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A plume of volcanic ash snaked its way through southern France, Switzerland and northern Italy Sunday, shutting down airports and disrupting flights across Europe.
Weather forecasts said the ash cloud will gradually weaken as it spreads to southern parts of Germany, the Czech Republic and Austria by Sunday night. The ash, stretching from the surface up to 20,000 feet (6,000 meters), has forced the closure of airports throughout much of northern Italy.
Separately, a finger of the main ash cloud - centered in the mid-Atlantic at altitudes of up to 35,000 feet (10,500 meters) - was still touching on parts of Portugal and Spain, affecting airports at Porto, La Coruna, Vigo, and Santiago.
The Irish Aviation Authority described the cloud as 2,100 miles long and 1,400 miles wide (3,400 kilometers by 2,200 kilometers). It ordered Ireland's five westernmost airports to close Sunday afternoon. However Ireland's three biggest airports in Dublin, Shannon and Cork were expected to stay open because the cloud is remaining off Ireland's Atlantic coast.
Irish airline Aer Lingus apologized to its customers for a string of flight cancelations since Tuesday, when the ash threat returned to Irish air space after a two-week break. Its trans-Atlantic services to Boston and New York were operating Sunday subject to delays.
"When the plume impacts on our air space, our first focus is to plot a different flight path to avoid canceling flights. However this is often unavoidable. When airports are closed for business, or flight paths are not available, we must unfortunately cancel flights," Aer Lingus chief executive Christoph Mueller said in a statement on the airline's Web site.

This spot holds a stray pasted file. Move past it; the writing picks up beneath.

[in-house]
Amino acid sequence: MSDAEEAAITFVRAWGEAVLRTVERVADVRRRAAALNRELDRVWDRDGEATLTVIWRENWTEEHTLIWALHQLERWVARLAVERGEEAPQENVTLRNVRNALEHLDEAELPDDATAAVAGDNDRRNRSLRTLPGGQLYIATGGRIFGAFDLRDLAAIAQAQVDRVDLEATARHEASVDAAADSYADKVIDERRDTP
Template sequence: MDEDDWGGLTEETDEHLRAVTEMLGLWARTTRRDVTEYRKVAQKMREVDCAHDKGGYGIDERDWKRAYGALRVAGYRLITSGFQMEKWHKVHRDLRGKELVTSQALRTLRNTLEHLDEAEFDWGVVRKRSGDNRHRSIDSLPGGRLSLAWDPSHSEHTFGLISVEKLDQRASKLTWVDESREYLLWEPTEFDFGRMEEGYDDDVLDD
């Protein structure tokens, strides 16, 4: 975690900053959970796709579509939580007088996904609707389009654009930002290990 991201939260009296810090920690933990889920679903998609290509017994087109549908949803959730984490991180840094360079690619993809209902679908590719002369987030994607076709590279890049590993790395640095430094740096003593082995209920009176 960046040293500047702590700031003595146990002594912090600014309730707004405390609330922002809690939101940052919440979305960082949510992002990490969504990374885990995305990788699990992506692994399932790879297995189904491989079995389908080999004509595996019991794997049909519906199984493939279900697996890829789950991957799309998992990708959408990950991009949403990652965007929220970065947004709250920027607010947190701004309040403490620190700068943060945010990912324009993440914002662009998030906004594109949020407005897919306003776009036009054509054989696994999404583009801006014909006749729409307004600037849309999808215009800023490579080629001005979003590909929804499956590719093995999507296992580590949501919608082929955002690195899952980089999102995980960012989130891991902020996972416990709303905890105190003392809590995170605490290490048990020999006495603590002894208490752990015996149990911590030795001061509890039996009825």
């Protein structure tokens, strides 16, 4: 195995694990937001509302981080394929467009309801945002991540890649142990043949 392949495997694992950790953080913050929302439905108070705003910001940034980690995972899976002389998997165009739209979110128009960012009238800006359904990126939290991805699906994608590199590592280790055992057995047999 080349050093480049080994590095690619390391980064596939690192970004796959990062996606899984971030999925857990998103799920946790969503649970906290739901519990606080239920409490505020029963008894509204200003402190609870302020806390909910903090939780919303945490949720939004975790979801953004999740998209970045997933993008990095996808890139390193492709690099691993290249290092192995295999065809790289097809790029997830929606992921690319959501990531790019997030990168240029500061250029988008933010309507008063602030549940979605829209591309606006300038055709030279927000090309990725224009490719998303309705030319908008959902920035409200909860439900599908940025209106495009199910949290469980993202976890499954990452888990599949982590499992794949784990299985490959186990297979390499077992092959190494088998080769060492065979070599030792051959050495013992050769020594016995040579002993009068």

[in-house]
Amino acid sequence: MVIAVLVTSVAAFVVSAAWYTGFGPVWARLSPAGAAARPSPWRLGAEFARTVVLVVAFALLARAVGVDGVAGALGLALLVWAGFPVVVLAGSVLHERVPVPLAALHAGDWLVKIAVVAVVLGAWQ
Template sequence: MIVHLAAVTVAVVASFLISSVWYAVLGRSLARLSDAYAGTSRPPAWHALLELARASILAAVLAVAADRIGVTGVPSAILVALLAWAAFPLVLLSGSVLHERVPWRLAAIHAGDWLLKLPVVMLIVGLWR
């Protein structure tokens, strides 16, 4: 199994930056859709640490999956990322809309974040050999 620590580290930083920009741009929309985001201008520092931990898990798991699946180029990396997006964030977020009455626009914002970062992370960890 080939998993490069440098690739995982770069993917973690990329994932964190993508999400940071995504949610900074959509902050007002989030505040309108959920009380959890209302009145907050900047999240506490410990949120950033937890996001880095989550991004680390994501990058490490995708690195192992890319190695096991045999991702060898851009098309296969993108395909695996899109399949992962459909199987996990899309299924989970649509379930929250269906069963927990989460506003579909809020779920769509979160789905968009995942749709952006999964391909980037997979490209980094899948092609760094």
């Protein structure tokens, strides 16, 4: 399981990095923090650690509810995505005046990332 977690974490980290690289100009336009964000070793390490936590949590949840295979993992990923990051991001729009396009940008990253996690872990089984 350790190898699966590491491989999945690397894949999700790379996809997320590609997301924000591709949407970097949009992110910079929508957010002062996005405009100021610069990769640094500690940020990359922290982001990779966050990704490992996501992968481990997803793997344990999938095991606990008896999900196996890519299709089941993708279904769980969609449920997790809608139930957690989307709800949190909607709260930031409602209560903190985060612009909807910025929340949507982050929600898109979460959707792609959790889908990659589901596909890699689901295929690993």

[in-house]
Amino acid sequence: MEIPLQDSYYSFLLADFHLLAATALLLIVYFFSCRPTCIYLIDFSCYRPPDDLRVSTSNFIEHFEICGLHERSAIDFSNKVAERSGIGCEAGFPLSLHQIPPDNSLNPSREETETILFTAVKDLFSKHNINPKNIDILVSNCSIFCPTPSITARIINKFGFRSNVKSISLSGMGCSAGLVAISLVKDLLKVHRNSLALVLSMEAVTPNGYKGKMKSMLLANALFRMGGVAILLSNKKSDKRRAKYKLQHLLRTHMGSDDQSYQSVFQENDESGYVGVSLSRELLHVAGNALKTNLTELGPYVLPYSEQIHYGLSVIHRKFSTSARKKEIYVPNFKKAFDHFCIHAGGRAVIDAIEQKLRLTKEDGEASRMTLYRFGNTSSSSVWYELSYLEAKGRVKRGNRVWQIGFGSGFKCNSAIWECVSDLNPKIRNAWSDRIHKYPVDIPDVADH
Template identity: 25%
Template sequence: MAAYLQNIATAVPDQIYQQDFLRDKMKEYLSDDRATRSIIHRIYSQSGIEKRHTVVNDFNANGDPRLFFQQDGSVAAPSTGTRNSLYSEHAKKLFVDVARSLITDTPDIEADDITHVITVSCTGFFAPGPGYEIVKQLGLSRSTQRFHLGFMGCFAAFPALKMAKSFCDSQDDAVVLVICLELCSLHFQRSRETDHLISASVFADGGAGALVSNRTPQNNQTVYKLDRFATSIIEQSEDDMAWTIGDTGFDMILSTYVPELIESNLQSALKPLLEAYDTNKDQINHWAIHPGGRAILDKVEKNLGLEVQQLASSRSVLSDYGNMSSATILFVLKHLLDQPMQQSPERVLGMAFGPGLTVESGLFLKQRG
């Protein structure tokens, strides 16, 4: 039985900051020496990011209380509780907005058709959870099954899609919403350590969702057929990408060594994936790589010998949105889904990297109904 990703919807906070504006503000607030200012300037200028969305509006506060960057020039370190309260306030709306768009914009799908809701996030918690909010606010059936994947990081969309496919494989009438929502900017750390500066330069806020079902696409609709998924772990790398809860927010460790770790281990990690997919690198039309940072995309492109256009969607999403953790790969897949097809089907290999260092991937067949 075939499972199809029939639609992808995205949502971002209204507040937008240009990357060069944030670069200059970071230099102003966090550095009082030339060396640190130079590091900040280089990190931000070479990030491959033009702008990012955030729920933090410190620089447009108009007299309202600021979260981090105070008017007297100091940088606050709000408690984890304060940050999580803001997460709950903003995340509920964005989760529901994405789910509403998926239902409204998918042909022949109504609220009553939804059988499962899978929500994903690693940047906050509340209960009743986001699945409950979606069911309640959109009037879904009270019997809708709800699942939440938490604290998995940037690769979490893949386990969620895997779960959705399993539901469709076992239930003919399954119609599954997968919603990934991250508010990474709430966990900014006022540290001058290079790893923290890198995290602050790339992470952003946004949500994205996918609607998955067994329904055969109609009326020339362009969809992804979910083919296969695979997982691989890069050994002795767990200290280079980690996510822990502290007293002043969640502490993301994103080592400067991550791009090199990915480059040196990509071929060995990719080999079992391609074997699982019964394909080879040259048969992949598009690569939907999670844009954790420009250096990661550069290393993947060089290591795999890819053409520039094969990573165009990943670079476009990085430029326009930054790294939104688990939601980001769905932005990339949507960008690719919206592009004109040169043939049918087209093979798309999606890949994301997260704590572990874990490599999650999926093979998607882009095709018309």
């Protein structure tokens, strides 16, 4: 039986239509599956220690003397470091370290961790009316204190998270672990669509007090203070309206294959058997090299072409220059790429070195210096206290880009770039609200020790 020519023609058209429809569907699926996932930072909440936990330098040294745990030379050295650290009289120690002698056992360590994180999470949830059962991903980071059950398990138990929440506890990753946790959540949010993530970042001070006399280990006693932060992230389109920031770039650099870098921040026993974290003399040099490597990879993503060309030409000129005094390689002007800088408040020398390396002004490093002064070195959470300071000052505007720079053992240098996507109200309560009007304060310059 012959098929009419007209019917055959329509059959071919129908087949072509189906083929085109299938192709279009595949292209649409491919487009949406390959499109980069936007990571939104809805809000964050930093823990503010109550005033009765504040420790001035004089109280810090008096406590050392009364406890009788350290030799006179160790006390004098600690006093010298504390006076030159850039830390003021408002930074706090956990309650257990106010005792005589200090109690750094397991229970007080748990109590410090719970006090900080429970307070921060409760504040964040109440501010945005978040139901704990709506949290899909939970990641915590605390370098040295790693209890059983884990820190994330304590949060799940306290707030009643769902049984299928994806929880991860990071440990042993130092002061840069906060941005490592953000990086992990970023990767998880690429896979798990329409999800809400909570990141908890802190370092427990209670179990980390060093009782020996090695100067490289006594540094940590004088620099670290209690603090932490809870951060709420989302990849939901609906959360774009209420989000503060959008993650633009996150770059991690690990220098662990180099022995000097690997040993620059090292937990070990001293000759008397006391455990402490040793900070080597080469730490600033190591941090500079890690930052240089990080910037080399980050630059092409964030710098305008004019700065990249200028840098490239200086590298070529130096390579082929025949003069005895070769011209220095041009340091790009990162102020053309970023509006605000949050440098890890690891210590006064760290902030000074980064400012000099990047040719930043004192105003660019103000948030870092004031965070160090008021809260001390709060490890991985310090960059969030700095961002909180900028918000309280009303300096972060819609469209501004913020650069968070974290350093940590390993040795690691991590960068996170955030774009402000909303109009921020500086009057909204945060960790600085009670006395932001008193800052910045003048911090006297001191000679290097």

The disruptions to air traffic appeared minor compared to the five-day closure of European airspace last month, which forced the cancellation of over 100,000 flights, stranded passengers around the world and caused airlines direct losses of more than one billion euros.
Eurocontrol, the Brussels-based agency that coordinates air traffic control centers throughout the continent, said trans-Atlantic flights will continue to be diverted northward over Greenland to avoid the cloud stretching from Iceland to the Azores Islands.
It warned airlines to plan on taking on more fuel for the longer flight around the oceanic no-fly zone.
"Flights are required to make significant rerouting to avoid the area of ash cloud coverage," a midday advisory said. "This is leading to some delays. However significant numbers of cancellations have not occurred."
Eurocontrol said there would be approximately 24,500 flights within the European area, about 500 below average for a Sunday at this time of year. It said the ash cloud was expected to dissipate and that most of the closed airports were likely to reopen later Sunday.
Brussels airport listed at least six flights bound for North America as either delayed or canceled, with only one flight - an American Airlines flight to New York - having departed.
In Geneva, dozens of flights to Portugal, Spain, France, Ireland, Britain and Hungary were canceled, while Zurich airport listed flights to Washington, Dublin and Porto as canceled.
Geneva airport is one of the main hubs for budget carrier easyJet. The airline warned passengers Sunday to expect further disruption to flights operating to and from Switzerland, southern and central France, northern Italy and northern Portugal.
Meteorologists say that until Eyjafjallajokul (pronounced ay-yah-FYAH-lah-yer-kuhl), the volcano in southern Iceland, stops erupting, the future course of Europe's ash crisis will depend heavily on the prevailing winds. The eruption of the glacier-capped volcano has shown no signs of stopping since it began belching ash April 13. It last erupted from 1821 to 1823.
This program aired on May 9, 2010. The audio for this program is not available.
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